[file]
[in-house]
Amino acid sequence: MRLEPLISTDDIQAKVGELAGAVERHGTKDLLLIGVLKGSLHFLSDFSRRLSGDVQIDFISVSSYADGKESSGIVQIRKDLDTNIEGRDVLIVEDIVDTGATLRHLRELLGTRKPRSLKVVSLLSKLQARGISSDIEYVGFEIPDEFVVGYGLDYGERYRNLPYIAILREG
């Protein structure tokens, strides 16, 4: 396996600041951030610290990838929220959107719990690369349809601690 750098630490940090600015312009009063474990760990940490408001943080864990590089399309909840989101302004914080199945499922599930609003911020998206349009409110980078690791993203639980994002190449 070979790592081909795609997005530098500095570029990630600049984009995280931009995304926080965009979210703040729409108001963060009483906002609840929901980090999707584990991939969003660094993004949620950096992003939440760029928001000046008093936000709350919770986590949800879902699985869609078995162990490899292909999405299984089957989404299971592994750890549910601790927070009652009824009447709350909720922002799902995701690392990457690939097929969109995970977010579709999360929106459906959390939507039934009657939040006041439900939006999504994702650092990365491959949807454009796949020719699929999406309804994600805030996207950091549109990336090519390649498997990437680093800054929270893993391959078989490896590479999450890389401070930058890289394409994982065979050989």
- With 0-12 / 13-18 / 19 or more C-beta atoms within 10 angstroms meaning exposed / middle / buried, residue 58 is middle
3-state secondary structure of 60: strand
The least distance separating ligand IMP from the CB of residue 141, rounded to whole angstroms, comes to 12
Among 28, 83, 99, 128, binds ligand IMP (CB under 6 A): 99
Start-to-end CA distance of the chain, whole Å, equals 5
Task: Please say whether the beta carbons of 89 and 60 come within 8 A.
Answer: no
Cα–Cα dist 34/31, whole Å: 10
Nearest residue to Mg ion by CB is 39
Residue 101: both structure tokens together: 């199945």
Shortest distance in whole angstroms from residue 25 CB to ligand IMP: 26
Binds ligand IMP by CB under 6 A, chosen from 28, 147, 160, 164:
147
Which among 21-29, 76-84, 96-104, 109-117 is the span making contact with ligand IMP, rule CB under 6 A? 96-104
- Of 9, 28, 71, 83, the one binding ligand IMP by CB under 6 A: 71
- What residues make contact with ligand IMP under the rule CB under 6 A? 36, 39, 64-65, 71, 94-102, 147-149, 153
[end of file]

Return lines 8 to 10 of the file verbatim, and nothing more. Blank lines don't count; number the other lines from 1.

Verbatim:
Start-to-end CA distance of the chain, whole Å, equals 5
Task: Please say whether the beta carbons of 89 and 60 come within 8 A.
Answer: no